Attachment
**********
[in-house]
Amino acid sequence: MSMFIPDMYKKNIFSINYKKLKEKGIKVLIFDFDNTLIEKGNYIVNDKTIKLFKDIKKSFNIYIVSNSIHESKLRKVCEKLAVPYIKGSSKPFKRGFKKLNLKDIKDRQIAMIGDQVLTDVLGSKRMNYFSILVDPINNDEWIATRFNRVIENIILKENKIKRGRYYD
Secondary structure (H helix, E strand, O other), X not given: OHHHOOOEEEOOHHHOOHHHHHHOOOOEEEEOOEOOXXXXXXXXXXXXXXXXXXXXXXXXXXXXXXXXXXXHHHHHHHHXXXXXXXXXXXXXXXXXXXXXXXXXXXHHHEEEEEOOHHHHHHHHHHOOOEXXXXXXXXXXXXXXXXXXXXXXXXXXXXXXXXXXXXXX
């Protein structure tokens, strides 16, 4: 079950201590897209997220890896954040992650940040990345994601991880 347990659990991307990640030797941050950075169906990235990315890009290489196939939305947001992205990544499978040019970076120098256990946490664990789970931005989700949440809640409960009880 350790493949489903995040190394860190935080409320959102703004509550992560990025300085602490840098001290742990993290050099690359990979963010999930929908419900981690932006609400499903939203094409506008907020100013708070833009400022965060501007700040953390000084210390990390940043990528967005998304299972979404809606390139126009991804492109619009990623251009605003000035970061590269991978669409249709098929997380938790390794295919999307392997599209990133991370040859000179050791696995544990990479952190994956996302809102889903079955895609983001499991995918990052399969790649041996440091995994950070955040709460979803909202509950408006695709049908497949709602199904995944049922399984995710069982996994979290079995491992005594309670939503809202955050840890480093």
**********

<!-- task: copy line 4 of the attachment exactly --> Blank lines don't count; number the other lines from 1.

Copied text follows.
């Protein structure tokens, strides 16, 4: 079950201590897209997220890896954040992650940040990345994601991880 347990659990991307990640030797941050950075169906990235990315890009290489196939939305947001992205990544499978040019970076120098256990946490664990789970931005989700949440809640409960009880 350790493949489903995040190394860190935080409320959102703004509550992560990025300085602490840098001290742990993290050099690359990979963010999930929908419900981690932006609400499903939203094409506008907020100013708070833009400022965060501007700040953390000084210390990390940043990528967005998304299972979404809606390139126009991804492109619009990623251009605003000035970061590269991978669409249709098929997380938790390794295919999307392997599209990133991370040859000179050791696995544990990479952190994956996302809102889903079955895609983001499991995918990052399969790649041996440091995994950070955040709460979803909202509950408006695709049908497949709602199904995944049922399984995710069982996994979290079995491992005594309670939503809202955050840890480093």